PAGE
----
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Getting the Brain into Gear – An Online Study

Activity: Talk or presentation typesInvited talk


The world population is ageing rapidly and with a rapidly ageing population, dementia also becomes more prevalent (United Nations, 2020). It is crucial to understand the mechanisms involved in healthy cognitive ageing and what factors prevent or delay dementia. Healthy ageing is related to word-finding difficulties, which occur around 40 or 50 years old (Kavé & Knafo-Noam, 2015). Cognitive reserve (CR) is defined as the ability to use cognitive processes efficiently and flexibly, to compensate for age-related cognitive decline (Stern et al., 2020). CR is measured through, among others, lifetime experiences, such as education, and cognitively stimulating activities, such as reading. Investigating age-related word-finding difficulties and the effect of a healthy lifestyle can inform us about early neuropsychological markers of dementia (Livingston et al., 2020; Wright, 2016). This online study aimed to investigate the relationship between age-related word-finding difficulties and CR in 90 healthy adults in the age ranges of 18-30, 40-55, and 65-80 years (30 participants per group). Participants are right-handed, monolingual speakers of British-English, with no history of or current psychiatric, neurological, or speech/language disorders. We quantified CR through questionnaires on lifetime experiences and word-finding abilities through picture-naming and verbal fluency tasks, controlling for the effects of working memory, executive functioning, and processing speed. We finished data collection and started analysing the data. We expect that adults aged 65-80 will have difficulties with word-finding due to age-related cognitive decline, resulting in slower reaction times in the picture-naming tasks. Since frequently used words are more easily accessed from memory (Gordon et al., 2018), we expect older participants (aged 65-80) to use a higher proportion of high-frequent words in the verbal fluency task than younger adults. Finally, we expect that high levels of CR in the older adults will result in better performance on the language tasks, resembling that of the younger adults.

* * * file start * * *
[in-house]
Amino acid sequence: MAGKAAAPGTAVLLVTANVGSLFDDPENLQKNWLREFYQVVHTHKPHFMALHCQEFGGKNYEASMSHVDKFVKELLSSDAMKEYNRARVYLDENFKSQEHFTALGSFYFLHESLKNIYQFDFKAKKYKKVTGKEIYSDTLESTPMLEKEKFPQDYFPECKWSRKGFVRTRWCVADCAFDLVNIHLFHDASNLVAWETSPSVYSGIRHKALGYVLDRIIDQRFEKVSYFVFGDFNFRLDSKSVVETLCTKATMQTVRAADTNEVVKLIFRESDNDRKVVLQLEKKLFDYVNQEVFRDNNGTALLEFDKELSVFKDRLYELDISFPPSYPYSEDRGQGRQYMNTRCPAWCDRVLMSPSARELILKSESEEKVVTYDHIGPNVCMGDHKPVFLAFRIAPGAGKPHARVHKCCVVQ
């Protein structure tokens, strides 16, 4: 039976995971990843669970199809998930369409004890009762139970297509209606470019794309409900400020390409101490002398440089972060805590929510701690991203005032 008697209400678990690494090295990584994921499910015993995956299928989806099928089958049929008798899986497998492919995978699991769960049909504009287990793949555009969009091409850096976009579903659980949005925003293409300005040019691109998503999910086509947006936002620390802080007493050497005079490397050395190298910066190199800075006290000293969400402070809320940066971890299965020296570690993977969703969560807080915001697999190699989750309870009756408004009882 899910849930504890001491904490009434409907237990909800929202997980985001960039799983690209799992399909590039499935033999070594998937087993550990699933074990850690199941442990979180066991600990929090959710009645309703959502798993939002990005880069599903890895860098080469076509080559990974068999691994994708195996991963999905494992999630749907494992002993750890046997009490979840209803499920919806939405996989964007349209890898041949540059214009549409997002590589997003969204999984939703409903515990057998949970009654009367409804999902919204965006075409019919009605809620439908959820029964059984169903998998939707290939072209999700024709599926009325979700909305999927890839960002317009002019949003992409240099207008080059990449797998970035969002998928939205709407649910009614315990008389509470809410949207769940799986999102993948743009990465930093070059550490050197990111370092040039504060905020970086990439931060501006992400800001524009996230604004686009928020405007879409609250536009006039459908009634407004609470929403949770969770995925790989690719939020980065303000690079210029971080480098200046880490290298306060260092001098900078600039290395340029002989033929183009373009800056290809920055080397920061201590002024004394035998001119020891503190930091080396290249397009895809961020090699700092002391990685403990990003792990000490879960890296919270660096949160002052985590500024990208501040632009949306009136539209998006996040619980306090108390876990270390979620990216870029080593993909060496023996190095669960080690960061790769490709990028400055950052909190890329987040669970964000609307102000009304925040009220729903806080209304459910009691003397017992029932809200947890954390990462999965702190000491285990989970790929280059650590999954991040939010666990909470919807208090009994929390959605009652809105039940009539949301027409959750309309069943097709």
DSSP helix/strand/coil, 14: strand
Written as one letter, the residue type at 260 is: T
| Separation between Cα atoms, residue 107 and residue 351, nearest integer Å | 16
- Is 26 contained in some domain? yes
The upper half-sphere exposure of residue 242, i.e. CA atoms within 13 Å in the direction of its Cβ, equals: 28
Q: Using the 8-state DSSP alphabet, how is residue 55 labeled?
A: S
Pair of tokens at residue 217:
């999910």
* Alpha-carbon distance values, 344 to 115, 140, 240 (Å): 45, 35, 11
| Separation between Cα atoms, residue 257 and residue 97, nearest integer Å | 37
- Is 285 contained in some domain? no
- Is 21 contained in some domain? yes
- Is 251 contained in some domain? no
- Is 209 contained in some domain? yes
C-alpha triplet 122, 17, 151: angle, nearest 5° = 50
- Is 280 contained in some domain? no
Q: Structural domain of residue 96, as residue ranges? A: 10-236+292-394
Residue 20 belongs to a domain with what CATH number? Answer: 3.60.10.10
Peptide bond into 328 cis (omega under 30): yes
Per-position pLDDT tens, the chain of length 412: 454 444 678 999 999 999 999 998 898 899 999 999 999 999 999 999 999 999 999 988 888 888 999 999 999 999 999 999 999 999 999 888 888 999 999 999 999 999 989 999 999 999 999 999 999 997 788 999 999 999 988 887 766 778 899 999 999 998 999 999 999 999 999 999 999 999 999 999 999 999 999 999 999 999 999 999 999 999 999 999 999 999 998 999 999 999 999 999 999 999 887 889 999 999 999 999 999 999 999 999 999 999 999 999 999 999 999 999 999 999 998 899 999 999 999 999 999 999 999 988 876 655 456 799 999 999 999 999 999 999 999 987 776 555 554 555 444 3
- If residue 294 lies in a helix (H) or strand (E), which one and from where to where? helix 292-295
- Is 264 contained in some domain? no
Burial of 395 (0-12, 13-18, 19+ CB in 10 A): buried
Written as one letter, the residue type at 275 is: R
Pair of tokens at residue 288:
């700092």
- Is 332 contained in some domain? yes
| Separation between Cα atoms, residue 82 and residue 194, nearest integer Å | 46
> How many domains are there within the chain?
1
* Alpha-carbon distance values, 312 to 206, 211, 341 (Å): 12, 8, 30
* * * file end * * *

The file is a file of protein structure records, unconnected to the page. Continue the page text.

Gordon, J. K., Young, M., & Garcia, C. (2018). Why do older adults have difficulty with semantic fluency? Aging, Neuropsychology, and Cognition, 25(6), 803–828. https://doi.org/10.1080/13825585.2017.1374328
Kavé, G., & Knafo-Noam, A. (2015). Lifespan development of phonemic and semantic fluency: Universal increase, differential decrease. Journal of Clinical and Experimental Neuropsychology, 37(7), 751–763. https://doi.org/10.1080/13803395.2015.1065958
Livingston, G., Huntley, J., Sommerlad, A., Ames, D., Ballard, C., Banerjee, S., Brayne, C., Burns, A., Cohen-Mansfield, J., Cooper, C., Costafreda, S. G., Dias, A., Fox, N., Gitlin, L. N., Howard, R., Kales, H. C., Kivimäki, M., Larson, E. B., Ogunniyi, A., … Mukadam, N. (2020). Dementia prevention, intervention, and care: 2020 report of the Lancet Commission. The Lancet, 396(10248), 413–446. https://doi.org/10.1016/S0140-6736(20)30367-6
Stern, Y., Arenaza-Urquijo, E. M., Bartrés-Faz, D., Belleville, S., Cantilon, M., Chetelat, G., Ewers, M., Franzmeier, N., Kempermann, G., Kremen, W. S., Okonkwo, O., Scarmeas, N., Soldan, A., Udeh-Momoh, C., Valenzuela, M., Vemuri, P., Vuoksimaa, E., & and the Reserve, R. and P. F. P. E. D. and C. F. W. (2020). Whitepaper: Defining and investigating cognitive reserve, brain reserve, and brain maintenance. Alzheimer’s & Dementia, 16(9), 1305–1311. https://doi.org/10.1016/j.jalz.2018.07.219
United Nations. (2020). World population ageing, 2019 highlights.
Wright, H. H. (2016). Cognition, Language and Aging. John Benjamins Publishing Company. http://ebookcentral.proquest.com/lib/lancaster/detail.action?docID=4441477

Electronic data

Event (Conference)

TitleLancaster University Psychology PGR conference
Date24/05/21 → …
Country/TerritoryUnited Kingdom